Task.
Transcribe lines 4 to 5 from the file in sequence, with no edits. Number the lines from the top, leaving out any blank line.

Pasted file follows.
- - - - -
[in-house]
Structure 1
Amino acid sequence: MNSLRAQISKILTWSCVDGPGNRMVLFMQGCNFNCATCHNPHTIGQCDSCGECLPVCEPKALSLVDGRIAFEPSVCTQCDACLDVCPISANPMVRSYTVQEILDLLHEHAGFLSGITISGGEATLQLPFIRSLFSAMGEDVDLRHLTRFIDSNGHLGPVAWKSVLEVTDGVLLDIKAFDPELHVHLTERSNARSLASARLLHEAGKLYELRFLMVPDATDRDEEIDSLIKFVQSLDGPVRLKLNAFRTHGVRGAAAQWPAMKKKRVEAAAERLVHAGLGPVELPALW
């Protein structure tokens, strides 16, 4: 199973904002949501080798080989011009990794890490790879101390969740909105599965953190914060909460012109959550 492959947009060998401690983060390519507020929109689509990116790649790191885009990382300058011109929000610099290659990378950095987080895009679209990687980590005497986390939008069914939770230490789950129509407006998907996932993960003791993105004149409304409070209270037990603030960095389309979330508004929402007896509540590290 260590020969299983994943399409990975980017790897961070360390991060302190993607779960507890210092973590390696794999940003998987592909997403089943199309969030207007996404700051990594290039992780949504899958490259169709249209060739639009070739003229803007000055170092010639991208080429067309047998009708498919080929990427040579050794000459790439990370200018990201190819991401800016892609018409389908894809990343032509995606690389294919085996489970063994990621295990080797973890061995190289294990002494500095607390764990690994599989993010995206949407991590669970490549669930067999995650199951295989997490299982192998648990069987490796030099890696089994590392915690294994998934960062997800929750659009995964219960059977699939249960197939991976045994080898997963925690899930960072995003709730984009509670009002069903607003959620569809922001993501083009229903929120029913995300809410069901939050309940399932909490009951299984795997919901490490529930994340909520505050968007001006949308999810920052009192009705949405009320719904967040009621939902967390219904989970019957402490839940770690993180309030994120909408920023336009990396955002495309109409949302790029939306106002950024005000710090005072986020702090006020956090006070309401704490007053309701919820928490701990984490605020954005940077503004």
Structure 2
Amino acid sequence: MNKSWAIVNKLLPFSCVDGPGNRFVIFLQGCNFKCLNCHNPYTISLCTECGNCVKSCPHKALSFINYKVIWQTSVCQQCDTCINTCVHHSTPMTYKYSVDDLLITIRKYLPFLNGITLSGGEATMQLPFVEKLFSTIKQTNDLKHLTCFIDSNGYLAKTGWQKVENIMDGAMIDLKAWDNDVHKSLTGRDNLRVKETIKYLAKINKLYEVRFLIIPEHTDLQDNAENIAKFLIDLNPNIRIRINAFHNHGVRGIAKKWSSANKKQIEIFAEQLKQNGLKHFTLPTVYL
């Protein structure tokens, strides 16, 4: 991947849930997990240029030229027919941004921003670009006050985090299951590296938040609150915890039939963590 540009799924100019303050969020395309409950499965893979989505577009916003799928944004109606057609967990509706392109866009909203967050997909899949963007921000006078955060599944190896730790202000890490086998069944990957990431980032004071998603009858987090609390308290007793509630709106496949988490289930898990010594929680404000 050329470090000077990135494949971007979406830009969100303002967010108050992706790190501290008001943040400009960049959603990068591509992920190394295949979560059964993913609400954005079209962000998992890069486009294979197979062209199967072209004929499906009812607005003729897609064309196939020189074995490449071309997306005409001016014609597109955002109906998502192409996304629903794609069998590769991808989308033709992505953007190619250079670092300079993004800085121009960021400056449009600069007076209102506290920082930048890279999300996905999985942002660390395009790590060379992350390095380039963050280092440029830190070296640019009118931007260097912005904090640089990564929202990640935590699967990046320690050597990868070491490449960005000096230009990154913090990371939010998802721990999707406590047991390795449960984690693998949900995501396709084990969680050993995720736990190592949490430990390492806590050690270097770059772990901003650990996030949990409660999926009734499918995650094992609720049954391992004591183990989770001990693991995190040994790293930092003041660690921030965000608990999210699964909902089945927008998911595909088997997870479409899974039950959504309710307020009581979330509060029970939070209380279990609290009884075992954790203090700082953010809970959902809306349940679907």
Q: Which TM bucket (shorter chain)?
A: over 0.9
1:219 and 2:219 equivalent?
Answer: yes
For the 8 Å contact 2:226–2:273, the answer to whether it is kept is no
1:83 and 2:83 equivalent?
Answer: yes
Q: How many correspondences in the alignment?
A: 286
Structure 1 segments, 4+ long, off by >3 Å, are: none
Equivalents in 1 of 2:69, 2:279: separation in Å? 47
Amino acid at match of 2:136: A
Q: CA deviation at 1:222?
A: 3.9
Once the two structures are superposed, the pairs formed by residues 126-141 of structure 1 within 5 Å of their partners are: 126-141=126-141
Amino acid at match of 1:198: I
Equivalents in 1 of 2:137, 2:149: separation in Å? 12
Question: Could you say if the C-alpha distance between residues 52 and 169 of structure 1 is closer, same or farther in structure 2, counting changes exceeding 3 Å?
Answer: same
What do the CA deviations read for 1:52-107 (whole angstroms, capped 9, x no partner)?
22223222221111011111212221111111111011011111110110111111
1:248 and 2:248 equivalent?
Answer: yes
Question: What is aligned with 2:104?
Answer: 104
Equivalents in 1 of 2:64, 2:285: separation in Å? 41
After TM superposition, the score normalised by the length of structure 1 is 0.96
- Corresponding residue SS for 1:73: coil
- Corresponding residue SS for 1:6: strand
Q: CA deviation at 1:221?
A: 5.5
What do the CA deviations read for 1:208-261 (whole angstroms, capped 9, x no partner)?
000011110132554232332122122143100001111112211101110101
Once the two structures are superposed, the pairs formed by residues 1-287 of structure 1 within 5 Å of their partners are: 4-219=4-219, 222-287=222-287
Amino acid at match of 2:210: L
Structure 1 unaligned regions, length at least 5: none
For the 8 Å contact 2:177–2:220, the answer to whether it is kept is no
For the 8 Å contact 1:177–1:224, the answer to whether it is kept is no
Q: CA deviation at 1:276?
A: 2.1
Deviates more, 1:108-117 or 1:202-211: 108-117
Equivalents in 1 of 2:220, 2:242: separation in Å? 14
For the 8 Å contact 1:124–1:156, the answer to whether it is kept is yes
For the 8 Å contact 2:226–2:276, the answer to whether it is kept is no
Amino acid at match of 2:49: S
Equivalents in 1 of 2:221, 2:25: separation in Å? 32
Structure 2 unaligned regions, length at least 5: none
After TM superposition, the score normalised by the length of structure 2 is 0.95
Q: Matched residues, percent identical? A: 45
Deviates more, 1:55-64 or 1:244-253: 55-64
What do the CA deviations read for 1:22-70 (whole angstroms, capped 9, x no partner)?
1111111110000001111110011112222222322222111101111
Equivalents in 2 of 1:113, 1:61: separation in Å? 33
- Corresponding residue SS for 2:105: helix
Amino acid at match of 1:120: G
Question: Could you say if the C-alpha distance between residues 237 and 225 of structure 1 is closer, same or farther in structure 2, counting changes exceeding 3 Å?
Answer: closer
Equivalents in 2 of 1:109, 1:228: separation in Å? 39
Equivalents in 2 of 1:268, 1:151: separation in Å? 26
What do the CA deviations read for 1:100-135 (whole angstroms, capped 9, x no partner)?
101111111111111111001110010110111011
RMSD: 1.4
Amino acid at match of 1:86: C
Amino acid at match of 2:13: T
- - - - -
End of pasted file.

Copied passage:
């Protein structure tokens, strides 16, 4: 199973904002949501080798080989011009990794890490790879101390969740909105599965953190914060909460012109959550 492959947009060998401690983060390519507020929109689509990116790649790191885009990382300058011109929000610099290659990378950095987080895009679209990687980590005497986390939008069914939770230490789950129509407006998907996932993960003791993105004149409304409070209270037990603030960095389309979330508004929402007896509540590290 260590020969299983994943399409990975980017790897961070360390991060302190993607779960507890210092973590390696794999940003998987592909997403089943199309969030207007996404700051990594290039992780949504899958490259169709249209060739639009070739003229803007000055170092010639991208080429067309047998009708498919080929990427040579050794000459790439990370200018990201190819991401800016892609018409389908894809990343032509995606690389294919085996489970063994990621295990080797973890061995190289294990002494500095607390764990690994599989993010995206949407991590669970490549669930067999995650199951295989997490299982192998648990069987490796030099890696089994590392915690294994998934960062997800929750659009995964219960059977699939249960197939991976045994080898997963925690899930960072995003709730984009509670009002069903607003959620569809922001993501083009229903929120029913995300809410069901939050309940399932909490009951299984795997919901490490529930994340909520505050968007001006949308999810920052009192009705949405009320719904967040009621939902967390219904989970019957402490839940770690993180309030994120909408920023336009990396955002495309109409949302790029939306106002950024005000710090005072986020702090006020956090006070309401704490007053309701919820928490701990984490605020954005940077503004």
Structure 2